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A healthy dose of good news were mixed in with a few worries this week, as Apple reported that it had nearly doubled its quarterly net profit on record iPhone sales but iPad sales dipped, and the company is dealing with the “mother of all backlogs” in meeting demand for the tablet computer.
Apple said Wednesday that net profit rose 95 percent in the second quarter of its fiscal year to US$5.99 billion while revenue rose 83 percent to US$24.67 billion, beating the expectations of Wall Street analysts.
Earnings per share were US$6.40, up from US$3.30 a year ago.
The Cupertino, California-based gadget-maker said it sold 18.65-million iPhones during the quarter, up 113 percent over a year ago and helped by the addition of a second US carrier, Verizon.
Apple sold 4.69-million iPads during the quarter which ended on March 26, down from 7.33-million sold during the first quarter of its fiscal year and less than expected by analysts.
Apple sold 3.76-million Macintosh computers, up 28 percent from a year ago, and 9.02-million iPods, a 17 percent unit decline from a year ago.
In a statement, Apple chief executive Steve Jobs said the company was “firing on all cylinders” and “will continue to innovate on all fronts throughout the remainder of the year.”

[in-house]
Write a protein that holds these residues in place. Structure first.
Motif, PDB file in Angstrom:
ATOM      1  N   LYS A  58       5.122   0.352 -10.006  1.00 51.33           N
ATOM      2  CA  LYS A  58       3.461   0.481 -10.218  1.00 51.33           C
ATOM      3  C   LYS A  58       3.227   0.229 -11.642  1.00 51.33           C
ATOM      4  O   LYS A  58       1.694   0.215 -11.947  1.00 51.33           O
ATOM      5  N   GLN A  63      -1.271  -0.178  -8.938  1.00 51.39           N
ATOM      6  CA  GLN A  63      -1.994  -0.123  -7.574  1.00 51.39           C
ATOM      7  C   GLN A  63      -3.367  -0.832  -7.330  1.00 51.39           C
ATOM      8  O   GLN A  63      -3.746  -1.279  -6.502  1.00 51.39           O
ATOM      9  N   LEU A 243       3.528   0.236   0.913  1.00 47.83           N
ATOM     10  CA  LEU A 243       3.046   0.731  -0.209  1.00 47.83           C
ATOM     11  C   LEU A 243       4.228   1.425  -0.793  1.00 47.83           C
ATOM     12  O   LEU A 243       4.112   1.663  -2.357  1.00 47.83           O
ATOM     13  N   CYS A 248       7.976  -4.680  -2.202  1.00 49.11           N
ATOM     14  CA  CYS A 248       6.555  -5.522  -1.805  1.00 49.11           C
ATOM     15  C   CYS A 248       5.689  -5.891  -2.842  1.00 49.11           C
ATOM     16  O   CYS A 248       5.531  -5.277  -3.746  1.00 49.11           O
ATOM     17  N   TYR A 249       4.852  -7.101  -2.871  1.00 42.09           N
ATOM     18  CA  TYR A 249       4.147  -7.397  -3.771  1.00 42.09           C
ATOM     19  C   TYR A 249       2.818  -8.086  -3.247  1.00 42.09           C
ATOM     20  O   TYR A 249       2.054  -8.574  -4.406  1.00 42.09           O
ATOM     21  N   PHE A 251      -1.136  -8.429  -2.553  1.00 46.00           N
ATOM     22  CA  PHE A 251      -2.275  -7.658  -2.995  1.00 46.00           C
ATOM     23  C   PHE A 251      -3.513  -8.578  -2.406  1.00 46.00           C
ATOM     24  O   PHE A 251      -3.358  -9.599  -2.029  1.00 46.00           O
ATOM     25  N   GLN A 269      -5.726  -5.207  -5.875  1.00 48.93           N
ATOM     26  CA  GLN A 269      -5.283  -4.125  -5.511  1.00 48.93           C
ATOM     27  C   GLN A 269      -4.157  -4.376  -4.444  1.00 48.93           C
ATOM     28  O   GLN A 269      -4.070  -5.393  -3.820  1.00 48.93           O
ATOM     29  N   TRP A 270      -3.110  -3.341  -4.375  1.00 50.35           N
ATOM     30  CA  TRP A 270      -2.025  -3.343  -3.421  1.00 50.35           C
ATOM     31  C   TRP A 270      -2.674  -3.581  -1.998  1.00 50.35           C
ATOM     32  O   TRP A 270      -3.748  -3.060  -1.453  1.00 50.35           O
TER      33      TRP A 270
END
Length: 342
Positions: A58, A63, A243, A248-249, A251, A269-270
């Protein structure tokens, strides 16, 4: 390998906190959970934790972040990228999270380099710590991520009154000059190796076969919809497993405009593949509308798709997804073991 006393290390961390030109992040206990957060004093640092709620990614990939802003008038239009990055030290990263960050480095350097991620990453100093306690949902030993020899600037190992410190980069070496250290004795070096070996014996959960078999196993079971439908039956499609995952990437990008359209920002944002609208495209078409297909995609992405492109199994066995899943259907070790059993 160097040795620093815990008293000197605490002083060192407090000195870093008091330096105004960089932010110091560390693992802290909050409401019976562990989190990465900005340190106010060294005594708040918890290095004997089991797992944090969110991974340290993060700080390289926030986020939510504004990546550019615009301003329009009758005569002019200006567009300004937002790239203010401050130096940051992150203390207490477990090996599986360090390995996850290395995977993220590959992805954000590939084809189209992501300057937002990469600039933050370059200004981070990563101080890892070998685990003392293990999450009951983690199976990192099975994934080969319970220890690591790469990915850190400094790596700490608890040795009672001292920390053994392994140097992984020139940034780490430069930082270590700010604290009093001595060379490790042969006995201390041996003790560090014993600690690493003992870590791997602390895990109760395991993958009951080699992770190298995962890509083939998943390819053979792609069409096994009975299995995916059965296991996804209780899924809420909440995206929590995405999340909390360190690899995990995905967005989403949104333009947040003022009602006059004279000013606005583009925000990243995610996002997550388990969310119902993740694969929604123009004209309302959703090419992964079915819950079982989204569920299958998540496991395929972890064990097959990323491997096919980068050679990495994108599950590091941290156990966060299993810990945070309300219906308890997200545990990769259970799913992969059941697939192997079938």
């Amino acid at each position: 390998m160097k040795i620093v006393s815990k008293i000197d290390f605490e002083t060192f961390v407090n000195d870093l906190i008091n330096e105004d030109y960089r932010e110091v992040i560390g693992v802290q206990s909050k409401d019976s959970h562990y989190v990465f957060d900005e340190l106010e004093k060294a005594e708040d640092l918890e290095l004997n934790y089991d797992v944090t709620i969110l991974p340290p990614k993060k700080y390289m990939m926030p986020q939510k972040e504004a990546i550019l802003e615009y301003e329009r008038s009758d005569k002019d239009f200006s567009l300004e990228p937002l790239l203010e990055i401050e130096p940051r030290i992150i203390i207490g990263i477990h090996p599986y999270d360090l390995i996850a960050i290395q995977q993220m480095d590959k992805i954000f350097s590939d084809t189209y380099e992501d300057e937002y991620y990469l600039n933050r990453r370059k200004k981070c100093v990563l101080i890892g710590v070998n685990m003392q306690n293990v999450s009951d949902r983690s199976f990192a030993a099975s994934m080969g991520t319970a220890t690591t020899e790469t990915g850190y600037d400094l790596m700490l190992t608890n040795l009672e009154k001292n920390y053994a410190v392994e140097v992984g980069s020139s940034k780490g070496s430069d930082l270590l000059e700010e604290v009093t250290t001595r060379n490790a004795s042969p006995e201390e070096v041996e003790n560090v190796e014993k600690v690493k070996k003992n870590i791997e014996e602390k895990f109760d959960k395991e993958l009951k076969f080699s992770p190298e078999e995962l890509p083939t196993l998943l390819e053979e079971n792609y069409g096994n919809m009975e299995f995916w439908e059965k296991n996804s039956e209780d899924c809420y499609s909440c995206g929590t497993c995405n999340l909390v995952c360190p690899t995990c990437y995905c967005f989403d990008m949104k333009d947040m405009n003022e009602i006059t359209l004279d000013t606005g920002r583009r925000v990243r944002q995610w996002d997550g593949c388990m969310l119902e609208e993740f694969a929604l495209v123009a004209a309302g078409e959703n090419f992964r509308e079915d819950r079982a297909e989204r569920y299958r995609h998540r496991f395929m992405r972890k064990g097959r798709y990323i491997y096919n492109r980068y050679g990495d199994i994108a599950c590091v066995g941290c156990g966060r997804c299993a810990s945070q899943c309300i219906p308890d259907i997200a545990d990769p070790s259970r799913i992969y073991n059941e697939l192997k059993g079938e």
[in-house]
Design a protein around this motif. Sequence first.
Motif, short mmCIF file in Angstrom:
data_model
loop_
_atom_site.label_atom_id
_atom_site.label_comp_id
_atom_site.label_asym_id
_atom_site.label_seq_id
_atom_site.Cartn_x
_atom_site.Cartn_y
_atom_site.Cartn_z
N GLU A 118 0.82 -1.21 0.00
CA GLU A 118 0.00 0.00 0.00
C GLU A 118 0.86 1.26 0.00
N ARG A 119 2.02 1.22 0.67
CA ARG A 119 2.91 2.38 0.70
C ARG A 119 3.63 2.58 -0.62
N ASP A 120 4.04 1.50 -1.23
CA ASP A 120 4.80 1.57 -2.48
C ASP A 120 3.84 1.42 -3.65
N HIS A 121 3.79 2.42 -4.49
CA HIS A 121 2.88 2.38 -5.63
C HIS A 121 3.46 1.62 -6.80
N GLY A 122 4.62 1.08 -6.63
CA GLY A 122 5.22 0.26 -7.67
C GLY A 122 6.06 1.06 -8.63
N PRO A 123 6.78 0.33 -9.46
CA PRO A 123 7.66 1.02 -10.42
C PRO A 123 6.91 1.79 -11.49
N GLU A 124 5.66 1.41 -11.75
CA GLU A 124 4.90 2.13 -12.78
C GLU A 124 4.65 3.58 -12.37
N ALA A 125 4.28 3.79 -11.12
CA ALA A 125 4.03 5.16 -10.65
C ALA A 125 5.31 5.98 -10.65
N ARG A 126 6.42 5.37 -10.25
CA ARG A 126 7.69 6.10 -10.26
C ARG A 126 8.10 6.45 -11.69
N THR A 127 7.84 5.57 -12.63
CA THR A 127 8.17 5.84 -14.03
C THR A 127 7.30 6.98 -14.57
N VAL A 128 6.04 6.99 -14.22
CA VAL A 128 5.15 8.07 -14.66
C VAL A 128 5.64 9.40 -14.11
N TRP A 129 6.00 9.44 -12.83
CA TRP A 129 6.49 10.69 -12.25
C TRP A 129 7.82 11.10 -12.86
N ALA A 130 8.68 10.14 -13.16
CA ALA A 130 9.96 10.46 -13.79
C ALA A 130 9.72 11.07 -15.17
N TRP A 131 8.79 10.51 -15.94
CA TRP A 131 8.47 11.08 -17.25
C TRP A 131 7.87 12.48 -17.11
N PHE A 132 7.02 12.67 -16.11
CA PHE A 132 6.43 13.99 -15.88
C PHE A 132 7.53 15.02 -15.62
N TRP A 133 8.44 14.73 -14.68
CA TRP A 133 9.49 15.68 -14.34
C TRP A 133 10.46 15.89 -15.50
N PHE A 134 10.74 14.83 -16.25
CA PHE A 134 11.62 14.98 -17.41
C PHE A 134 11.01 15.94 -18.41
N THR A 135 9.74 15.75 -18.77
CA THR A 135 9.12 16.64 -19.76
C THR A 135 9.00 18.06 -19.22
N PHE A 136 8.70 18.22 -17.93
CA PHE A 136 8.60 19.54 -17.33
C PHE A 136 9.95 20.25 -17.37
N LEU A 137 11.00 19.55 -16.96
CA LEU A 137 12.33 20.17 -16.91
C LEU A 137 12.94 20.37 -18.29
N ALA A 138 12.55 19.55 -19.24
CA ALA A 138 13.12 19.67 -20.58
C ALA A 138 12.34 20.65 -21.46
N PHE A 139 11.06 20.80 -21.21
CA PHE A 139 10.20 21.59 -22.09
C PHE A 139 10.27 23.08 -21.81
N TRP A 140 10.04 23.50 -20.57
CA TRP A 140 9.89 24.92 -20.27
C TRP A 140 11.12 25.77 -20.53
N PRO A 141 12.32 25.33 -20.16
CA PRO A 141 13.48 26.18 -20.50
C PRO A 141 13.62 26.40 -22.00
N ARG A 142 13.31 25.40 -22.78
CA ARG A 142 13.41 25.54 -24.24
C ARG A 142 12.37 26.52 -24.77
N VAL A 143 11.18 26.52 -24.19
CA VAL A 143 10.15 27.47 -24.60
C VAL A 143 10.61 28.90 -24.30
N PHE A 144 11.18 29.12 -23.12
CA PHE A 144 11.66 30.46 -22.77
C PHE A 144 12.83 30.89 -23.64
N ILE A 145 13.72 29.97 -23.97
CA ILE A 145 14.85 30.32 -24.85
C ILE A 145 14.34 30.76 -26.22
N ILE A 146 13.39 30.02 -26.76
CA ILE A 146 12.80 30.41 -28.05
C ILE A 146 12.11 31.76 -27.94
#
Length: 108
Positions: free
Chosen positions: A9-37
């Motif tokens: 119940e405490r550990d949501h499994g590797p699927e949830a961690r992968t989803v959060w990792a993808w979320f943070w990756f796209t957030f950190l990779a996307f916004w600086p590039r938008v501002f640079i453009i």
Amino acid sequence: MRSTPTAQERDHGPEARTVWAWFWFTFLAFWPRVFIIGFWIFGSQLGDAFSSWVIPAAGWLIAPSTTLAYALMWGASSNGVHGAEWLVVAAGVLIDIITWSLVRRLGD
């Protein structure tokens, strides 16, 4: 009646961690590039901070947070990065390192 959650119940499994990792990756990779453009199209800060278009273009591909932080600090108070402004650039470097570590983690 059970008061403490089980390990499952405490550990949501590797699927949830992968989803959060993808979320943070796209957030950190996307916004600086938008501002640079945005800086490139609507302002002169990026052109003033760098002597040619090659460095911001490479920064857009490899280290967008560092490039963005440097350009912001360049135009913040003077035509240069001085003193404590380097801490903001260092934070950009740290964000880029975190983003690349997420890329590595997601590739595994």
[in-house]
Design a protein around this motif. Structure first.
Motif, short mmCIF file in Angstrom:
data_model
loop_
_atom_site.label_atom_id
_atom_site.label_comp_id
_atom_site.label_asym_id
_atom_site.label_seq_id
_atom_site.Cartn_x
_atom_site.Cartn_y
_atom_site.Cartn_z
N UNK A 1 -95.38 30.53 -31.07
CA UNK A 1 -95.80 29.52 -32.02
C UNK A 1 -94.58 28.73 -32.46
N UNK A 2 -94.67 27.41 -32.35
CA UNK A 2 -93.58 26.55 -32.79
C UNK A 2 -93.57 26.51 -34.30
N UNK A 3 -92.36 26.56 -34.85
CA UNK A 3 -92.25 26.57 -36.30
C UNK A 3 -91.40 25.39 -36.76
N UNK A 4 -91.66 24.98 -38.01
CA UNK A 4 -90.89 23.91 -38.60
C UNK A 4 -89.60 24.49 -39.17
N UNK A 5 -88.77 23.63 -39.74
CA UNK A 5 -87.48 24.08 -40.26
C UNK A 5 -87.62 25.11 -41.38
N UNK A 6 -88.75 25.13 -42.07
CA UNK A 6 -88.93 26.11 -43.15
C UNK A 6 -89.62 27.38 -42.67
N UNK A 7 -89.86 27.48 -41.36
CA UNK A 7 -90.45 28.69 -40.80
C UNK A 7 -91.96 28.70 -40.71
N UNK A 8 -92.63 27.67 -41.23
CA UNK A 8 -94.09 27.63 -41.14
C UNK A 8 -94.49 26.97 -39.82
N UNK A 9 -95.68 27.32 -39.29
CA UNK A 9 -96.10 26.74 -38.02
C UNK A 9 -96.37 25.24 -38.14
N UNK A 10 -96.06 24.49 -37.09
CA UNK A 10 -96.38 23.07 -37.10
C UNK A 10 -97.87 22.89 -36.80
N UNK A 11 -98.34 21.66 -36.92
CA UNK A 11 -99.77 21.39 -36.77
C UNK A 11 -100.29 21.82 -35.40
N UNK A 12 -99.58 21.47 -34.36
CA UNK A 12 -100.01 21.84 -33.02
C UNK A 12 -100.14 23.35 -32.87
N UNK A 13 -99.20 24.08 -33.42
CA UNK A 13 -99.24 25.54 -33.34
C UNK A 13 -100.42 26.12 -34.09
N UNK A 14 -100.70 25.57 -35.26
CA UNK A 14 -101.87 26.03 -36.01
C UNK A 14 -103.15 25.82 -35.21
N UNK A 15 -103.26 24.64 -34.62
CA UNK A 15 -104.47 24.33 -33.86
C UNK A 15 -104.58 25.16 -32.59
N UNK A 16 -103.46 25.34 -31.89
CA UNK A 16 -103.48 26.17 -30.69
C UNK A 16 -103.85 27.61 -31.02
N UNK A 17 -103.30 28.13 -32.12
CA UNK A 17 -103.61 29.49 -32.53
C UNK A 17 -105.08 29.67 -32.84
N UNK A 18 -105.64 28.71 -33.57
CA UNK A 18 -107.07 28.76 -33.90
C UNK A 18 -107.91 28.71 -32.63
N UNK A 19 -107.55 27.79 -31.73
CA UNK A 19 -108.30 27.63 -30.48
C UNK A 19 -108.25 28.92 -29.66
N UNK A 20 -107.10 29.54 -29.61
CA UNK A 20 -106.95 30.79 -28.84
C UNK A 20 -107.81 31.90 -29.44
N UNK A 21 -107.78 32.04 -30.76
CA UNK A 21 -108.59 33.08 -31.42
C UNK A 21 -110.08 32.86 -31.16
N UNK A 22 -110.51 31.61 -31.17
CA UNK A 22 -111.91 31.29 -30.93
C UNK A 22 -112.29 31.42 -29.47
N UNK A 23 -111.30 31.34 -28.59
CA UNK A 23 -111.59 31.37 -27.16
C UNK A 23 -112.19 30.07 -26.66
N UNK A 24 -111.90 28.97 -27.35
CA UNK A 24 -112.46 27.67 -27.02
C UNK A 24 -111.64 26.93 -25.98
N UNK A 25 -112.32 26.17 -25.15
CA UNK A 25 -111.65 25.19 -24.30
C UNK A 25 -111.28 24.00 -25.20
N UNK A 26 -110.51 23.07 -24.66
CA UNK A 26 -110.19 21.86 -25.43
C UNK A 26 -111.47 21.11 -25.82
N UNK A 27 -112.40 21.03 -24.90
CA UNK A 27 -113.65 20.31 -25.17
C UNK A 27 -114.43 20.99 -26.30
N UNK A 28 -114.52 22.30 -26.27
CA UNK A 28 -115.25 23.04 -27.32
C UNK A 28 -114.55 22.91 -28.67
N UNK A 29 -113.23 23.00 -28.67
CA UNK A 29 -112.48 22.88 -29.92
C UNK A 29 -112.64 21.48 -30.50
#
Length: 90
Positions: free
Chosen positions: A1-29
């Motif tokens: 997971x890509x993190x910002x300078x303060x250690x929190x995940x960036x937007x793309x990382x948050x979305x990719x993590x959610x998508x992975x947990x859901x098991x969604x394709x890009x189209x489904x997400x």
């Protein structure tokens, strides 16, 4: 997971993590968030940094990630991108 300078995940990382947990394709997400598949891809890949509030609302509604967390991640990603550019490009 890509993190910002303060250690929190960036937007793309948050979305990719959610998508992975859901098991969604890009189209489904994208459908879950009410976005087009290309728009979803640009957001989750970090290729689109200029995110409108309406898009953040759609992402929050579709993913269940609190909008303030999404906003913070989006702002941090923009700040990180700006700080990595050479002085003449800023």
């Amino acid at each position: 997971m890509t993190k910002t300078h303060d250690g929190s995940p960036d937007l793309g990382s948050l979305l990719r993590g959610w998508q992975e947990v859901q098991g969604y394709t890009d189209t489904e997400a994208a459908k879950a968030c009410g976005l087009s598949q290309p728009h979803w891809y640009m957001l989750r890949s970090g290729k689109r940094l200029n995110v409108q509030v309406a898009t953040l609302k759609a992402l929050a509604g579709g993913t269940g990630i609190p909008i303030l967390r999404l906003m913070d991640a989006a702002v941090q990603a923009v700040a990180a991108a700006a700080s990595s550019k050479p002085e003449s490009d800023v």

Jobs did not participate in the traditional conference call with financial analysts, but Apple chief operating officer Tim Cook, who has taken over in his absence, said Jobs remains involved in major corporate decisions.
“He is still on medical leave but we do see him on a regular basis,” Cook said. “And as we’ve previously said he continues to be involved in major strategic decisions.
“I know he wants to be back full-time as soon as he can,” he said.
Jobs, 56, went on medical leave in January, his third since 2004, but has retained his title of chief executive at Apple.
Jobs underwent an operation for pancreatic cancer in 2004 and received a liver transplant in 2009, but Apple has not released any details about his latest health issues.
Cook said the earthquake and tsunami in Japan did not have a major impact on Apple in the quarter but the situation remains uncertain and it could have an impact of around US$200 million on Apple’s revenues in the current quarter.
Apple sources hundreds of the components for its devices from Japan.
While iPad sales were disappointing compared to the forecasts of analysts, Cook said demand for the latest model, the iPad 2, has been “staggering.”
“We sold every iPad 2 that we could make during the quarter,” he said. “I wish we could have produced a lot more iPad 2’s because there were a lot of people waiting for them.
“The iPad has the mother of all backlogs but we’re working very, very hard to get it out to customers as quickly as we can,” he said.
Apple chief financial officer Peter Oppenheimer said he expected revenue of around $23 billion and earnings per share of about US$5.03 in the current quarter.
Apple shares rose 4.01 percent to US$356.15 in after-hours trading.